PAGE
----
•   Your not-so-random reminder that Jed Hoyer was not into sending Jimenez in the Jose Quintana trade. Here’s hoping he brings more of those instincts to bear over the next several years. Er, actually, scratch that: here’s hoping he already brought them to bear with the many trades the Cubs just made.

•   The Red Sox traded a top 10-15 system prospect to the Nationals for Kyle Schwarber in late-July, who was then rehabbing a hamstring strain. The expectation was that he would be back by mid-August, and the Red Sox obviously hoped he would continue the extreme hot streak he was on when he went down. But unfortunately Schwarber has hit a snag in his rehab – a groin issue – and now it might be late August before he makes his Red Sox debut. The team had planned on playing him at first base, where he’s never played before, and it feels all the more risky to count on that from a guy coming off two lower body injuries. I’d love to see him show up and keep raking, though. Either way, it’s going to be another interesting free agency for Schwarber.

•   Oh, and since we’re talking about former Cubs who were traded at the deadline by the team that had them after the Cubs, Jorge Soler has been hitting the ball as well as anyone since July 20. Prior to then, he was sporting one of the worst bats in baseball, which was crazy given how much he’d broken out with the Royals. His will be another really fascinating free agency case, and like Schwarber, will be entirely changed by the DH in the NL question.

•   Glad Len Kasper is getting to do what he wants to do, and he’ll still always be beloved among Cubs fans:

•   An interesting point here about the two teams in the 2016 World Series and what has happened since:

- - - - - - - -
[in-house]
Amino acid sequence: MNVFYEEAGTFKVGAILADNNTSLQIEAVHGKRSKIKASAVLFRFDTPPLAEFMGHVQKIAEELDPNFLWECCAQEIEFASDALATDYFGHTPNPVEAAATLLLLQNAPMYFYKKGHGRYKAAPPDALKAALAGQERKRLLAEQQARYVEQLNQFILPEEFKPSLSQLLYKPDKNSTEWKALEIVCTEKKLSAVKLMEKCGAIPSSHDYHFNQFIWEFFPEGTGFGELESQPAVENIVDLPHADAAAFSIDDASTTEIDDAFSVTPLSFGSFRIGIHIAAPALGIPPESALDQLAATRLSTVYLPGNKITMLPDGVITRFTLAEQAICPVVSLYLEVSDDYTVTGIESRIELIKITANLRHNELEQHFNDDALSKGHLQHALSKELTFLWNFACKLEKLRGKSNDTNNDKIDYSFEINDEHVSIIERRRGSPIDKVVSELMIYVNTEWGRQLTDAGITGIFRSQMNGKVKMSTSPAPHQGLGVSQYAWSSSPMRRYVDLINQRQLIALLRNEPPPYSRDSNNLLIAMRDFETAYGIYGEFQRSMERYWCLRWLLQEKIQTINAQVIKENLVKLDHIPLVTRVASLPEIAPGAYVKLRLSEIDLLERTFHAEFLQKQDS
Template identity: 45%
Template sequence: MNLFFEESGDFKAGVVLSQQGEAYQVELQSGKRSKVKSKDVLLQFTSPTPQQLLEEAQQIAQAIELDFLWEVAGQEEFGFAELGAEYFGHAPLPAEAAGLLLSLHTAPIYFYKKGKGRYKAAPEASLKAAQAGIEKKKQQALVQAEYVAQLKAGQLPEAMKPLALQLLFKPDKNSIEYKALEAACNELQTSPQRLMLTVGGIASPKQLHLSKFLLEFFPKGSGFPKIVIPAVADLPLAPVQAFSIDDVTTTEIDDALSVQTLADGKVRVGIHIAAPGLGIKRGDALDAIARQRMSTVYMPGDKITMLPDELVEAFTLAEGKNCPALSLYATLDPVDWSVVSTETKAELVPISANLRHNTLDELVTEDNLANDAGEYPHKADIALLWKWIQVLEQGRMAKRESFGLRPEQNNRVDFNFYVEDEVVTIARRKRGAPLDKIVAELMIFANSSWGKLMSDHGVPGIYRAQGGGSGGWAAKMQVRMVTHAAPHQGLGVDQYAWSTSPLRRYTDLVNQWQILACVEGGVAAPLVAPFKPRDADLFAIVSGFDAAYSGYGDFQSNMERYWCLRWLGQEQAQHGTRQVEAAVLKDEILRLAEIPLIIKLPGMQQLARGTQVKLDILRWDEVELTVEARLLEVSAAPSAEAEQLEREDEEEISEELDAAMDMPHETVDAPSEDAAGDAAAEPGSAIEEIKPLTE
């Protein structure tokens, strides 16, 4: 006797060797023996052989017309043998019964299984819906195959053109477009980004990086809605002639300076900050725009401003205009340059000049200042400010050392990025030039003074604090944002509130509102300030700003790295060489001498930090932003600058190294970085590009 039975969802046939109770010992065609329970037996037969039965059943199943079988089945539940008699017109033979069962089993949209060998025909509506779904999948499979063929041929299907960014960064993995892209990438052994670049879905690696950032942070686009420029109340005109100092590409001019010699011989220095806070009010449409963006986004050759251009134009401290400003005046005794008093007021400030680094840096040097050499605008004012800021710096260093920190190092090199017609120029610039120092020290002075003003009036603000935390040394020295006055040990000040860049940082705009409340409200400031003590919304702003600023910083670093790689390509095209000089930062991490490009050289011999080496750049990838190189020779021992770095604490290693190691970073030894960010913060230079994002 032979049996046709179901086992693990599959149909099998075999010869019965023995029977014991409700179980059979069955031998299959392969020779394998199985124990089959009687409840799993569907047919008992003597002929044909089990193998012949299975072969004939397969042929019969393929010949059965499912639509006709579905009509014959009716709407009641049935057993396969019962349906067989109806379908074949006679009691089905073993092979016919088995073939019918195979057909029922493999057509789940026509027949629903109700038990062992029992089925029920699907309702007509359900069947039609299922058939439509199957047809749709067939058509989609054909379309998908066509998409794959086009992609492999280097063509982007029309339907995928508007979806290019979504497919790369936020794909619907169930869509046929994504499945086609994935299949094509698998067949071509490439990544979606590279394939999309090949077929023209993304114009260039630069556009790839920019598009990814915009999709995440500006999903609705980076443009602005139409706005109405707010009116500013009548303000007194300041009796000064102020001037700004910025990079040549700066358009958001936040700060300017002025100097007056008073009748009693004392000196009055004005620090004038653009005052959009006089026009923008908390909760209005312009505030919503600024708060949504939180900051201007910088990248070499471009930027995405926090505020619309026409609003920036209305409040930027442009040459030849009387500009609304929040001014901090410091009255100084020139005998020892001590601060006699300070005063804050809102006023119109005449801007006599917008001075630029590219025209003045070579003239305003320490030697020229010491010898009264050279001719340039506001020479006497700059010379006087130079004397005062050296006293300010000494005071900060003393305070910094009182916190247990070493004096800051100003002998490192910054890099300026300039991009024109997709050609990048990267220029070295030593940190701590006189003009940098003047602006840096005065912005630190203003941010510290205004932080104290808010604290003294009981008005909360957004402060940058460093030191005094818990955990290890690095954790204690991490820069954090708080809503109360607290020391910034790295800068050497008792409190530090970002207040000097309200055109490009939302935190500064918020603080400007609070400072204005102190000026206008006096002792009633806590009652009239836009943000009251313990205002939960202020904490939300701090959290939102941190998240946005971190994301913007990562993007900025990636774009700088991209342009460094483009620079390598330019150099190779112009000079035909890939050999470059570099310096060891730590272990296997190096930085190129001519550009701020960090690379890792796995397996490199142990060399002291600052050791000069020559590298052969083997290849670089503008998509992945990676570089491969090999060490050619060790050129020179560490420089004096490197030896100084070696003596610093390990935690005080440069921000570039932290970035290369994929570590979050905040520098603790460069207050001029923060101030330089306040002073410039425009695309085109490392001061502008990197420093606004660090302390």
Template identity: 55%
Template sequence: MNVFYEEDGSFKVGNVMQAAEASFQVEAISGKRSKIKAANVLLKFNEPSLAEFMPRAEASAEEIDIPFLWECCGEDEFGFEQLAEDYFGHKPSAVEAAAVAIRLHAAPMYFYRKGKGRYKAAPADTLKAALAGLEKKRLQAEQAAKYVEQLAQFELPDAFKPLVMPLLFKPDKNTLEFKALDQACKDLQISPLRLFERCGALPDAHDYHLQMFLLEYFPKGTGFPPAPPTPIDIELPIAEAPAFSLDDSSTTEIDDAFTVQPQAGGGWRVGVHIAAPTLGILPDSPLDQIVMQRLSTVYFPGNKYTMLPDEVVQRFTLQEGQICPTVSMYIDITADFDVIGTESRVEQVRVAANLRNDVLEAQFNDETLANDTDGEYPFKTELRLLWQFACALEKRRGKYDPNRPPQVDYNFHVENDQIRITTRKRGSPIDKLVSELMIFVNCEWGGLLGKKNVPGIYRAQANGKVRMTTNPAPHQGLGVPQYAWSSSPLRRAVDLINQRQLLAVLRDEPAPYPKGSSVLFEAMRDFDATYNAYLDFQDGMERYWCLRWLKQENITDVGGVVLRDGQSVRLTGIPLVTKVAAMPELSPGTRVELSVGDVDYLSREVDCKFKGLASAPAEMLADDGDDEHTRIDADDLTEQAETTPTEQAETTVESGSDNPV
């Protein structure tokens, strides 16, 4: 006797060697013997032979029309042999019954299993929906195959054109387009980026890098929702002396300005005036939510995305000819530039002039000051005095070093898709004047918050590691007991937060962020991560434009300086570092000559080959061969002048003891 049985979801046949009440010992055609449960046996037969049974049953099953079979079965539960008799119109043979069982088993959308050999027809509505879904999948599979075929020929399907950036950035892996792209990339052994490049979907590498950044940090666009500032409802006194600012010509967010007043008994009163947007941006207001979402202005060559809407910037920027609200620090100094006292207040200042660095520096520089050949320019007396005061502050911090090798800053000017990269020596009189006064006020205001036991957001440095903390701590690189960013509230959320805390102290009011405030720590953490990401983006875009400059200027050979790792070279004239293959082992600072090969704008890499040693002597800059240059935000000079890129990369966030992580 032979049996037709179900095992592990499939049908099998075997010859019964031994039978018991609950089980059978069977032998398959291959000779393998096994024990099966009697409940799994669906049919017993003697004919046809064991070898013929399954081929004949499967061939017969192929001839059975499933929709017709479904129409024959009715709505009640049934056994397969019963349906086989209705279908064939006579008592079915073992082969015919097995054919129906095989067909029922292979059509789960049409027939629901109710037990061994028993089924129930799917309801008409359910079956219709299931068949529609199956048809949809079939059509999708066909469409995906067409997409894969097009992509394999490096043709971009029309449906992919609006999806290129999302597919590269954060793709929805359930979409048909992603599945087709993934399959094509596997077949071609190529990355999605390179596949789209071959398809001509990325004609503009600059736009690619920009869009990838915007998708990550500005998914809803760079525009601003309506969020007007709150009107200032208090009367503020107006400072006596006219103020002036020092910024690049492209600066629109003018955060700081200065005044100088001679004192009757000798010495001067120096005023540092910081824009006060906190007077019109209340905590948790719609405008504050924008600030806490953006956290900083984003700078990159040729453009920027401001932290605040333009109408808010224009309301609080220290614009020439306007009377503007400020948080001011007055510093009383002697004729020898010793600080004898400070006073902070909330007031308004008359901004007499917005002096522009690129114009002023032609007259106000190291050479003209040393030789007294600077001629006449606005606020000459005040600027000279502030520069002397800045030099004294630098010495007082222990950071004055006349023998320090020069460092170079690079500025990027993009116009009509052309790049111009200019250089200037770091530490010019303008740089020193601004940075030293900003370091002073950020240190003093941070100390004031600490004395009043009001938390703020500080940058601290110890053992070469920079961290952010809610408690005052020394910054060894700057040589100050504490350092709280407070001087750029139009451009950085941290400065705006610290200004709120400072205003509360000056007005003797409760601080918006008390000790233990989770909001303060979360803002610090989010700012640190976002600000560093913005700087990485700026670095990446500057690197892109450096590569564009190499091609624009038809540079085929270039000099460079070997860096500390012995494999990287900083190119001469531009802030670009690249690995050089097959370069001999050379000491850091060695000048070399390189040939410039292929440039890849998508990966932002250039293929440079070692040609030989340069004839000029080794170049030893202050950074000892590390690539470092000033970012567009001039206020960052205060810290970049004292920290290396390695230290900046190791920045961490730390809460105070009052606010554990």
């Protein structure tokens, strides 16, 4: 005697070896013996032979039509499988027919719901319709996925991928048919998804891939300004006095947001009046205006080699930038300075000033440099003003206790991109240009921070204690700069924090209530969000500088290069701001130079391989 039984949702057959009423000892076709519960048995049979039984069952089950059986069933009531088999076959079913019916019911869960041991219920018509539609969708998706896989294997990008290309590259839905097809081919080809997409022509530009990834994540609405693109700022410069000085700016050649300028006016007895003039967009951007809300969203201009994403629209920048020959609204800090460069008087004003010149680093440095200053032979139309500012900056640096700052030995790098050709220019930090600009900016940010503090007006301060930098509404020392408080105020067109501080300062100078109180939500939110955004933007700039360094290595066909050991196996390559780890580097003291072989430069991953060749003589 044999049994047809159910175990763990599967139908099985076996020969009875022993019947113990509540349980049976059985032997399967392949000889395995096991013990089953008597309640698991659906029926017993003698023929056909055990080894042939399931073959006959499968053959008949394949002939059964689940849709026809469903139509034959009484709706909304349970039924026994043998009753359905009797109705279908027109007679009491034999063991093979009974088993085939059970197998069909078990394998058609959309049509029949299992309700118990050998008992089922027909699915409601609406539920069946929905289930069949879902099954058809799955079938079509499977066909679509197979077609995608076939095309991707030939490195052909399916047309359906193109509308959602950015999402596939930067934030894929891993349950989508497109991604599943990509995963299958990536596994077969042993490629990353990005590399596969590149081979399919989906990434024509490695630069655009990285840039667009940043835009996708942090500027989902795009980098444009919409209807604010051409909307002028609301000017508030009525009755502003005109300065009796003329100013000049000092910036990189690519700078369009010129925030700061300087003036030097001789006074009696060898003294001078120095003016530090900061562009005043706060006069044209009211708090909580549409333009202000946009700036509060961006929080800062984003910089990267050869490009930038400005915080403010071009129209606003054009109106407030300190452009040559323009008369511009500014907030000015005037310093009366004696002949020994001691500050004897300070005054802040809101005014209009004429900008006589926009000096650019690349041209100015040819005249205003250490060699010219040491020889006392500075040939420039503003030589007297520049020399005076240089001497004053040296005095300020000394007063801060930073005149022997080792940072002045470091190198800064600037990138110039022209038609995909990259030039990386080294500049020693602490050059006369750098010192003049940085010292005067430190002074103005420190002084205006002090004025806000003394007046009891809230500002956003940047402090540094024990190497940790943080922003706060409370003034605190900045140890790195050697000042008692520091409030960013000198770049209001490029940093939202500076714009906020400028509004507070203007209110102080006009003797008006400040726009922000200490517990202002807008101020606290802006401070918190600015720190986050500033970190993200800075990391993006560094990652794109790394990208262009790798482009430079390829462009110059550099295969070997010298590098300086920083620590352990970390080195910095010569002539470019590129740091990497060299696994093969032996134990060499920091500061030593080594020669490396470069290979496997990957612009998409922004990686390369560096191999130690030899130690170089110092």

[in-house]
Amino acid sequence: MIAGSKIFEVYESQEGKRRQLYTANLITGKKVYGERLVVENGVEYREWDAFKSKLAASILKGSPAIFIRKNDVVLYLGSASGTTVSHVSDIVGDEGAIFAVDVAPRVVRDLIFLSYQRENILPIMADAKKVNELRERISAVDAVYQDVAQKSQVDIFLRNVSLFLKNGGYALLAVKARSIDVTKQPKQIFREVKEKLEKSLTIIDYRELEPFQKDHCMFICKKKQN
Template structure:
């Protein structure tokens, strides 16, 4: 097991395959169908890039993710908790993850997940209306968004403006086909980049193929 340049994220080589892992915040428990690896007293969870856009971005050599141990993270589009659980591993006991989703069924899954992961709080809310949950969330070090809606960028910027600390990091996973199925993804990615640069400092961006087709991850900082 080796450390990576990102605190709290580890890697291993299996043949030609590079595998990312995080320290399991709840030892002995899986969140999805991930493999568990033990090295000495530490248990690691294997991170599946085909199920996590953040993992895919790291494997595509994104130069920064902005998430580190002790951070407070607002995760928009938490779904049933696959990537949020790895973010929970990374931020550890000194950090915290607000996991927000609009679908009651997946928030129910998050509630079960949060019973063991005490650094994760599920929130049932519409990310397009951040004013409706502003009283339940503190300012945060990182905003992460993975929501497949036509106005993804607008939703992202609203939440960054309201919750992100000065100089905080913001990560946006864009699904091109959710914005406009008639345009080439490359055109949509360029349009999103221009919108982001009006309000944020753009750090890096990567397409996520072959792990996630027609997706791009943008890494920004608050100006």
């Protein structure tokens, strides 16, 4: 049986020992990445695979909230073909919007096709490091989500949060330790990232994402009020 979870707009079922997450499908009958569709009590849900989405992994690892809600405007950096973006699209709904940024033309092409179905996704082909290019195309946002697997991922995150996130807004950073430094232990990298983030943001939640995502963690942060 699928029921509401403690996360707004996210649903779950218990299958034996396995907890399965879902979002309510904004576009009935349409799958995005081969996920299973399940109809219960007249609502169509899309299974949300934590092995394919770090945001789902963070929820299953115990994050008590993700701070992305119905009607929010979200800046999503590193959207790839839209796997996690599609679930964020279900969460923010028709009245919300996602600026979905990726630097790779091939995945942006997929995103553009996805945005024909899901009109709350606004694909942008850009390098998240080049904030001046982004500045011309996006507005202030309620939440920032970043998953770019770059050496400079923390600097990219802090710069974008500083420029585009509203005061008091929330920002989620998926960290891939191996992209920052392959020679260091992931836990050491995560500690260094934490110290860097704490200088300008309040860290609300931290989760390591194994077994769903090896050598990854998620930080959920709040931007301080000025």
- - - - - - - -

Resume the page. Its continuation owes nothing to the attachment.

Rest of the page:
•   I tend to agree that if you have to either route, I’d much rather the Cubs went the HARD all-in and then HARD sell-off, rather than the drip-drip decline of the Guardians (are we calling them the Guardians now? Fine by me – I gotta start practicing at some point). But obviously the Guardians amateur acquisition/development on the pitching side has been far superior (to most teams!), and that makes a huge difference in being able to do the drip-drip if you prefer. Ideally, you wouldn’t have to go either of these routes, and could just float in a competitive zone because you’re making savvy one-off moves and ALSO doing a great job on amateur acquisition/development.

•   Here’s hoping this winds up just being another one of those minor Javy things that he comes back from immediately:

•   Báez left yesterday’s game, without running to first, when he felt something in the hip on a grounder to second base.

•   Meanwhile, with Anthony Rizzo out with COVID-19, his former mates and manager just hope he recovers well (Tribune). The Cubs obviously have had good luck and good protocol enforcement to have had no player positives in either of the last two seasons, though Yankees manager Aaron Boone suggested it could’ve been a Yankees road trip to Florida – where cases are exploding – that led to the infection. It can happen to anyone, and hopefully Rizzo’s symptoms stay mild. In the meantime, hopefully it is one more data point for others that it is worth getting vaccinated if you can safely do so.

•   Because of the timing of the announcement, I didn’t get a chance to cover it more closely, but you have to mention it: A’s outfielder Ramon Laureano got popped for PEDs and suspended 80 games. As is often the case, he blamed the unknowing ingestion of a steroid:

•   I never quite know how to react in these situations, because my empathy bone always makes me want to say, “Yeah, but what *IF* it really was unknowing and it totally wasn’t his fault? What if he’s getting kinda screwed here?!” But the flip side is that we know how easy it is to claim an accident after the fact. Sometimes people cheat, and sometimes people lie about the cheating when they’re caught. It’s just a bummer for A’s fans. Ironically, the loss of Laureano is softened by the acquisition of Starling Marte … who was himself suspended for PEDs four years ago, and also claimed it was just a mistake.



Author: Brett Taylor

Brett Taylor is the Editor and Lead Cubs Writer at Bleacher Nation, and you can find him on Twitter at @BleacherNation and @Brett_A_Taylor.